The Three Stages Of The Filvin Cycle And The Calvin Cycle
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The C3 pathway is the Calvin cycle. The Calvin cycle has three stages. The first stage is when carbon dioxide enters into the Calvin cycle and is bonded to RuBP. This form a six carbon molecule which is further broken down create two PGA’s with three carbons. RuBP is important because of the carbon fixation that it performs. However it is more attracted to oxygen which leads to cellular respiration. In the second stage of the Calvin cycle PGA is further broken down into PGAL. In the third stage of the Calvin cycle five of the six generated molecules of glyceraldehyde get used to regenerate RuBP. The Calvin cycle requires more ATP than NADPH but both of the molecules are used. Fixed carbon is generally converted to sucrose or starch. Both are food for the plant where sucrose is readily available for the plant starch is stored and requires enzymatic activity to break down into a usable form. Photorespiration occurs when the stoma of the plant is closed and RuBP binds with oxygen rather than carbon dioxide. This is problematic because photorespiration is generally less effective than carbon fixation.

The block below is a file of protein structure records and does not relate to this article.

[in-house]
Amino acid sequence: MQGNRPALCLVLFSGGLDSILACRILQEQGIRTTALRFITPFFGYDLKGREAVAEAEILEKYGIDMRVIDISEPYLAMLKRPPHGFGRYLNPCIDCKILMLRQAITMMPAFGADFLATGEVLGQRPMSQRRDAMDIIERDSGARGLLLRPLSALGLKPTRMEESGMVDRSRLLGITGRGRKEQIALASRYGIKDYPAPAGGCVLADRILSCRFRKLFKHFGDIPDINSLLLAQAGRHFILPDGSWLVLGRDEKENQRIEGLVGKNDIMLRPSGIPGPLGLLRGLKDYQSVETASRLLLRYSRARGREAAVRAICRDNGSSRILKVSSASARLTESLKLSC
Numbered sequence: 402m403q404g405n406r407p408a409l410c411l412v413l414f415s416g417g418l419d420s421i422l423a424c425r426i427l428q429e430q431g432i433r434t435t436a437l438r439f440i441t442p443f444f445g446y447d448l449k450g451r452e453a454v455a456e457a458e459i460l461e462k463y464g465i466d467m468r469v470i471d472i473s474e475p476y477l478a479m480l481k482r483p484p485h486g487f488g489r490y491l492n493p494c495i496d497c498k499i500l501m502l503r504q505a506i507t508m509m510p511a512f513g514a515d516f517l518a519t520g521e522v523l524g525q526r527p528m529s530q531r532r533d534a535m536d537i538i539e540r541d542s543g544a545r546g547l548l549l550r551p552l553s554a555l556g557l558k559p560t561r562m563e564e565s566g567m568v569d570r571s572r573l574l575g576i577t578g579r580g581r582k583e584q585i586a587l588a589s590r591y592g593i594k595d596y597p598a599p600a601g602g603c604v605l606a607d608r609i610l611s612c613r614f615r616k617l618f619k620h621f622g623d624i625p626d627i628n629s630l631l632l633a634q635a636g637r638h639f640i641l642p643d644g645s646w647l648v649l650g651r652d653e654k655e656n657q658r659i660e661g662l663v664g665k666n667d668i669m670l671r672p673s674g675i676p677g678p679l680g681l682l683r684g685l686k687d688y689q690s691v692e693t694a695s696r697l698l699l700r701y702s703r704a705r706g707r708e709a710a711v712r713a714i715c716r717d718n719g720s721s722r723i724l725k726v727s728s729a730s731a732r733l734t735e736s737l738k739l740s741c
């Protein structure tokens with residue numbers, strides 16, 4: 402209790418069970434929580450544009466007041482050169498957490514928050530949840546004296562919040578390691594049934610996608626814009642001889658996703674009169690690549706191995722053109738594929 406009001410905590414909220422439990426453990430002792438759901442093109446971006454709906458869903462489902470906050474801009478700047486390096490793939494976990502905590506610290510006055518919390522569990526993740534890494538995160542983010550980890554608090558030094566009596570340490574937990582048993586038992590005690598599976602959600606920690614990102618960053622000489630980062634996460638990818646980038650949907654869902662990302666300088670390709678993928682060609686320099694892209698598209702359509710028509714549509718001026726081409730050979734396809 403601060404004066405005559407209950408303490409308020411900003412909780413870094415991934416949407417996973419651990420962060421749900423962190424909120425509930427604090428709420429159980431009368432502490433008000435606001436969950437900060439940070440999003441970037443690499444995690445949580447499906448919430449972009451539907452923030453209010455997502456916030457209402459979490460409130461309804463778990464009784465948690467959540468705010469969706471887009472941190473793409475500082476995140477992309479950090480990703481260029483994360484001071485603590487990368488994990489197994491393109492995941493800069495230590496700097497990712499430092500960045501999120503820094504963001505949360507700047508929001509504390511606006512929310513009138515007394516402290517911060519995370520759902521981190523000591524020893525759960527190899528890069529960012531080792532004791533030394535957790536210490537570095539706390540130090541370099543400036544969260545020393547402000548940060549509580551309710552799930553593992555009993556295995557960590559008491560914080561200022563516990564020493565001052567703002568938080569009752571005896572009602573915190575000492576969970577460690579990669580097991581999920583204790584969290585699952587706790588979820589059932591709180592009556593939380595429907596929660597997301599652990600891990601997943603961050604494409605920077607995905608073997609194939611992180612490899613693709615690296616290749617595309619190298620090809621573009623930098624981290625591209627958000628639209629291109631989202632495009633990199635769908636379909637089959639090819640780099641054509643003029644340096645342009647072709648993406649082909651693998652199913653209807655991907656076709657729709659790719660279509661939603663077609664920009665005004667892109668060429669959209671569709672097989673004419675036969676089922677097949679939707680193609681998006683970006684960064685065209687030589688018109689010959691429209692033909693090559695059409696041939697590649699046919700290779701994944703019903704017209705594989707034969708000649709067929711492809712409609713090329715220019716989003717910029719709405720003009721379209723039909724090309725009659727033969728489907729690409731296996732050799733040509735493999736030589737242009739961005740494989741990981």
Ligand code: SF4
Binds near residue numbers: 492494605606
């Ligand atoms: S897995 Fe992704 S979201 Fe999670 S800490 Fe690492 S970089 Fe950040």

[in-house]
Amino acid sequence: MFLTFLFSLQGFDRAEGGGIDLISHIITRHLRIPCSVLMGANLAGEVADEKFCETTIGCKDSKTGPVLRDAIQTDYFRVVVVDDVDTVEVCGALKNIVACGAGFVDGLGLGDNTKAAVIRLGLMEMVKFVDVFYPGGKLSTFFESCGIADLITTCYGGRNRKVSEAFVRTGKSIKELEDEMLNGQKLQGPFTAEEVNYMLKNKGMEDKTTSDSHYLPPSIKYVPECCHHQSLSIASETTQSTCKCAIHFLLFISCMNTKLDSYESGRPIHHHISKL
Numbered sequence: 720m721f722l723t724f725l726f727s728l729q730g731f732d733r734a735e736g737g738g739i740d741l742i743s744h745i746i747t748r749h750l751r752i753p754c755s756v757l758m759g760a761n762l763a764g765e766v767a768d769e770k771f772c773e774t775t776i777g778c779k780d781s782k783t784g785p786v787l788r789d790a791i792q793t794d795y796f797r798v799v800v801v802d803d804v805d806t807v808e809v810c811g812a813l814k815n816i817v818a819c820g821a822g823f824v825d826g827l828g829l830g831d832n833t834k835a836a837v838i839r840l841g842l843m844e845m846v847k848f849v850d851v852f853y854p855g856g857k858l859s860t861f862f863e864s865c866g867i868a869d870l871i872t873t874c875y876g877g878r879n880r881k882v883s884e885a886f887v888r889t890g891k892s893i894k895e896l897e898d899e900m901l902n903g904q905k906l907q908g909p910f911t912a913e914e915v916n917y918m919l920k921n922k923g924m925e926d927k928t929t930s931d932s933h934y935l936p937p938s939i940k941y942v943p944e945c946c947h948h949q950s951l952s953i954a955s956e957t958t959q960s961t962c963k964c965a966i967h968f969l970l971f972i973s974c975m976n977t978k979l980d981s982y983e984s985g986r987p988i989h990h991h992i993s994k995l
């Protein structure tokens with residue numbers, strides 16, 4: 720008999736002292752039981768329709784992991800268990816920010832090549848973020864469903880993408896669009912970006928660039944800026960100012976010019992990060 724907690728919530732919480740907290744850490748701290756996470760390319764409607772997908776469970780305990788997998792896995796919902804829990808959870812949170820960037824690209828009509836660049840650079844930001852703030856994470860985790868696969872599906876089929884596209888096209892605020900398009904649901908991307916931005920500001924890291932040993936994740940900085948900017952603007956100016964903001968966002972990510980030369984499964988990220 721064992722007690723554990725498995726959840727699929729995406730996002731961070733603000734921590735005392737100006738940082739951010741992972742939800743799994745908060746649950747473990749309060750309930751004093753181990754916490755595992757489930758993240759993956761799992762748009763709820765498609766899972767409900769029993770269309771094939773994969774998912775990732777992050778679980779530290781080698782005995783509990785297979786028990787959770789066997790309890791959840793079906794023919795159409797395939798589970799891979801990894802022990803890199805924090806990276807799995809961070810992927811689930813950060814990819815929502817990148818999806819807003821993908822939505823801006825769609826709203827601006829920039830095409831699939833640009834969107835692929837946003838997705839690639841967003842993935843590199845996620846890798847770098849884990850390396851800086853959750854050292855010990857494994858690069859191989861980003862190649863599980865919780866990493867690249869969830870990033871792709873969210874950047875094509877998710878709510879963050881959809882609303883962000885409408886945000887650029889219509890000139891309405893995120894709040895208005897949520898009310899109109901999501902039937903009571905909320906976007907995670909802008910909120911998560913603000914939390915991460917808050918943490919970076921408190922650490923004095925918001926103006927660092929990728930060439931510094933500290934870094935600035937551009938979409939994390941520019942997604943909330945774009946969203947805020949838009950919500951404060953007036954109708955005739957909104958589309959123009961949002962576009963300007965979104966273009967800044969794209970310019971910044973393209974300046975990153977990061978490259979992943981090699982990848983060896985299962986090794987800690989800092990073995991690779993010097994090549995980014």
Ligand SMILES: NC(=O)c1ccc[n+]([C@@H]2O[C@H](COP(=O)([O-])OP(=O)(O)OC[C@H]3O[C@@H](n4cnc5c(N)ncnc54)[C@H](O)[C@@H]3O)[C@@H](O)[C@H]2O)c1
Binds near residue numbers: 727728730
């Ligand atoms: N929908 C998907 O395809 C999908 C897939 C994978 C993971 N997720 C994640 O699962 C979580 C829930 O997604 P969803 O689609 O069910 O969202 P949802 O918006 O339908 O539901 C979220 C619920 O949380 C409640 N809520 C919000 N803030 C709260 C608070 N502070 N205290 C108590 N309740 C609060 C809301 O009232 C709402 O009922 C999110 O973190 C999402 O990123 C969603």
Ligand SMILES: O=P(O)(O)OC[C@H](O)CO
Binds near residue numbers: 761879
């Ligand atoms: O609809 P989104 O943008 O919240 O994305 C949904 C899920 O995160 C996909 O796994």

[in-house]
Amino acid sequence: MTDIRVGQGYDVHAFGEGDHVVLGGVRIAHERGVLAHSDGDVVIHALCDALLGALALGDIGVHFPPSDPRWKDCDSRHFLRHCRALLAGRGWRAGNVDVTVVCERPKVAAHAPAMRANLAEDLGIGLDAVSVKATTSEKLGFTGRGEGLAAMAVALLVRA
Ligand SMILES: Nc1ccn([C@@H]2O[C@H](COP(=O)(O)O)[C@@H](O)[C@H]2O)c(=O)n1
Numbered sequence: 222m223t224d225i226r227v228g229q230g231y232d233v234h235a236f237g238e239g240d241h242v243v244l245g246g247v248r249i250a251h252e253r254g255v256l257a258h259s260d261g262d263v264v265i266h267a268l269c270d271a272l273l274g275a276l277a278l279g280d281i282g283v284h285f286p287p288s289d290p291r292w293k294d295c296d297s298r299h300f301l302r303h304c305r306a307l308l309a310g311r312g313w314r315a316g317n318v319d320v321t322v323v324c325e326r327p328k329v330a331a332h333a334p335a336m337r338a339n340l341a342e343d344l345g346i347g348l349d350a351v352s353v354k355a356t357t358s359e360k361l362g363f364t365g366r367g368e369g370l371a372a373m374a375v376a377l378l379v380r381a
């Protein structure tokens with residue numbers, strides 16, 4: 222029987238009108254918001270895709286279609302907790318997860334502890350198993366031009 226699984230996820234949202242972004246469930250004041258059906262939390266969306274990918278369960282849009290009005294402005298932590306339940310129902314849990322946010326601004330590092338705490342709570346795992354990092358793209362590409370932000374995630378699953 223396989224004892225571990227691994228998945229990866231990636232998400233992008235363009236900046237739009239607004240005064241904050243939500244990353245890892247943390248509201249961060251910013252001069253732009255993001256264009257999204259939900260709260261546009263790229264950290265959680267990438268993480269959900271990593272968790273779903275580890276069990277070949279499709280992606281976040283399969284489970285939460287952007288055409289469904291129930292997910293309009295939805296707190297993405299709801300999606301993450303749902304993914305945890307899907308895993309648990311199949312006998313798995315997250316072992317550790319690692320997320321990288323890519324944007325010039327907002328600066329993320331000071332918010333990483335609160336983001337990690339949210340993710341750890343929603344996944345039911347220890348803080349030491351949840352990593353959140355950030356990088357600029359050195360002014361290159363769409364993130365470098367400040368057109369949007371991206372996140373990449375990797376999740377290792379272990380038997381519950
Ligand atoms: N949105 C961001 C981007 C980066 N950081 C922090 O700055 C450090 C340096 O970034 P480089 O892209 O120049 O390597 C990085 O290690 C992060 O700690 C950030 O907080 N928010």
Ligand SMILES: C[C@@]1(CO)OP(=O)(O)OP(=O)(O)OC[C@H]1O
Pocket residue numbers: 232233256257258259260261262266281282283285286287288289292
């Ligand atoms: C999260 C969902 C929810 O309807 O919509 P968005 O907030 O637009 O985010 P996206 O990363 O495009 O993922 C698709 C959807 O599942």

The C4 pathway produces the molecule oxaloacetate. Oxaloacetate is a four carbon molecule. C4 plants use both the C4 pathway and the Calvin cycle. To form oxaloacetate carbon dioxide is first fixed to PEP. PEP carboxylase then breaks down the molecule to form oxaloacetate. Oxaloacetate is then broken down into malate and aspartate. For aspartate to form an amino group must be